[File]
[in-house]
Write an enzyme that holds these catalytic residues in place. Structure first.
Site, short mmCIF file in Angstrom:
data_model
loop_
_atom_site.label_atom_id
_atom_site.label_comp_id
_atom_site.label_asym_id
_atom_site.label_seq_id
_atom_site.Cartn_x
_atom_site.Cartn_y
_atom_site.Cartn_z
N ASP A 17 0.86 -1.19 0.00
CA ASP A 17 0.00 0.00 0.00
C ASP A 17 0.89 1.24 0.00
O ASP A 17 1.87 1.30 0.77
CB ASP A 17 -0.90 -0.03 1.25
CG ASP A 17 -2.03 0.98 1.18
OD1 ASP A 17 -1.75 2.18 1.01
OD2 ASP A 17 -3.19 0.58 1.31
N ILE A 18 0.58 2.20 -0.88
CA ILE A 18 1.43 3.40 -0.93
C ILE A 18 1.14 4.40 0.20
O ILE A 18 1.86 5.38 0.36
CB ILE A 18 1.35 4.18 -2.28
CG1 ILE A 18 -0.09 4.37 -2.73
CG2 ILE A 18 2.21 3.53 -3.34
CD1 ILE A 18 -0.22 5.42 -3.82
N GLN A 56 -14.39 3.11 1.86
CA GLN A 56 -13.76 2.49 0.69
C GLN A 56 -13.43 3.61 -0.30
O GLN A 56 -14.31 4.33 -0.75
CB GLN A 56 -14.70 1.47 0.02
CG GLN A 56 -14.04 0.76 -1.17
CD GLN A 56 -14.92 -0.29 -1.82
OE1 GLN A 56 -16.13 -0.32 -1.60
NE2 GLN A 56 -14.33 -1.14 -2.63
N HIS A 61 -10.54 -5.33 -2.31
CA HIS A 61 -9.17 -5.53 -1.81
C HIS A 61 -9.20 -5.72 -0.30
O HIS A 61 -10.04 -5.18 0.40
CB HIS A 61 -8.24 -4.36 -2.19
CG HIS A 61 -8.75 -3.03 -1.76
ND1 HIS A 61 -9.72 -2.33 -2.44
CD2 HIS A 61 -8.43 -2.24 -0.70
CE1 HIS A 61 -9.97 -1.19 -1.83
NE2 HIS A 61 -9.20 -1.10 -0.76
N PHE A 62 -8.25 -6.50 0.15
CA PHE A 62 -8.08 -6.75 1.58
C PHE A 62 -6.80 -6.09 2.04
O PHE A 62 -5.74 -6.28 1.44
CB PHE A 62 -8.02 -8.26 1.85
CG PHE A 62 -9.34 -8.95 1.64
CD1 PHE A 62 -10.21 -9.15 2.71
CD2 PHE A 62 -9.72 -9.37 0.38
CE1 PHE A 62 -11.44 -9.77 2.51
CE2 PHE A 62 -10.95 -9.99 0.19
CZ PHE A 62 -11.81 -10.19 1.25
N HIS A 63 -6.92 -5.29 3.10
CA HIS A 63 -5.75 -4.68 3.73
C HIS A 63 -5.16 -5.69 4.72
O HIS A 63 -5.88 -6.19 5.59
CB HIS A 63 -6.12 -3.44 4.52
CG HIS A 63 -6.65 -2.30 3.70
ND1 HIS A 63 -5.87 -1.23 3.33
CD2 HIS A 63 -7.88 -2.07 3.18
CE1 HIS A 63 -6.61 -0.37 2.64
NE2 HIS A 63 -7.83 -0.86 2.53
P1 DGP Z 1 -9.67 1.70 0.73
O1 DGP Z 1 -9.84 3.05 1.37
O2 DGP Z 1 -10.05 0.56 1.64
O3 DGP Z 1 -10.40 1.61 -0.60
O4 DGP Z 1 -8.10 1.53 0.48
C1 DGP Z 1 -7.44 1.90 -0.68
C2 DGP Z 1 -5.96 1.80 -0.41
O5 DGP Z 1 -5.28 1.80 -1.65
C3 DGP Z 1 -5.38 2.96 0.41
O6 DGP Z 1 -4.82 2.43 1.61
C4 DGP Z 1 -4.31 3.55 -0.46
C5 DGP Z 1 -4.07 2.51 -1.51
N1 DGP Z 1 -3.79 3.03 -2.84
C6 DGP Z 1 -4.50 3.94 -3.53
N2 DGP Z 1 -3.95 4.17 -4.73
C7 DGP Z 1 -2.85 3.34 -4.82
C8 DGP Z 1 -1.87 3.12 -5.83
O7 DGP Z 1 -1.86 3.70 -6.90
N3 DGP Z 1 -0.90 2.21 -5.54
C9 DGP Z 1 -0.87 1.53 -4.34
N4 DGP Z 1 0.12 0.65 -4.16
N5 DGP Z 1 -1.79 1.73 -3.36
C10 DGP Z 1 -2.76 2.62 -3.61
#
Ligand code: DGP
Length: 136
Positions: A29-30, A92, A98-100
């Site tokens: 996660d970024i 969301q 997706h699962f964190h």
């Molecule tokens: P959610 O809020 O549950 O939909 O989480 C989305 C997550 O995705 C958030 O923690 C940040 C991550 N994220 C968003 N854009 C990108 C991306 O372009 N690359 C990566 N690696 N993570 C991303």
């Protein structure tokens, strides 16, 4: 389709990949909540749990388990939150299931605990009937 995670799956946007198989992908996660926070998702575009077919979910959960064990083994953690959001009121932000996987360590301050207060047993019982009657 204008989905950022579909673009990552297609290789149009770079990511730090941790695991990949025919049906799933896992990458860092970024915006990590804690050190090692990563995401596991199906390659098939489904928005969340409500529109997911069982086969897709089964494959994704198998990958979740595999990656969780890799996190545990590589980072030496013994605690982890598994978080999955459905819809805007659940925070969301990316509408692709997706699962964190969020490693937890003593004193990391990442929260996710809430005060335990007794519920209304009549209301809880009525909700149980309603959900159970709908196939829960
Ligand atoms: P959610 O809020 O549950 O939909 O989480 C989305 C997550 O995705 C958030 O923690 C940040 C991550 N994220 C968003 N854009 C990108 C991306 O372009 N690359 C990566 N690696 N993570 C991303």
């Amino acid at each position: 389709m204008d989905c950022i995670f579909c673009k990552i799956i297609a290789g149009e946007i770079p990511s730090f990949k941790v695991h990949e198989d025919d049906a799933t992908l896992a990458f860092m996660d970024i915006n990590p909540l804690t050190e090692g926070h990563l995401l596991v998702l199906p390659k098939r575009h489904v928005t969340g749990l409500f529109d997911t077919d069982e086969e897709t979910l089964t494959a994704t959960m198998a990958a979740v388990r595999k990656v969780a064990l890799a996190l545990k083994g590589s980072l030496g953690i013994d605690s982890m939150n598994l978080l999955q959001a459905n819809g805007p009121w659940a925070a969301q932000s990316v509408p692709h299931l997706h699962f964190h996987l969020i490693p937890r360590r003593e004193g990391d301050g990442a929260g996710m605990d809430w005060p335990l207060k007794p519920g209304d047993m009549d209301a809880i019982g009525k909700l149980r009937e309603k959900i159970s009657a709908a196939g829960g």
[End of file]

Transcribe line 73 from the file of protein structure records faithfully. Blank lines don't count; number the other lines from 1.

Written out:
O4 DGP Z 1 -8.10 1.53 0.48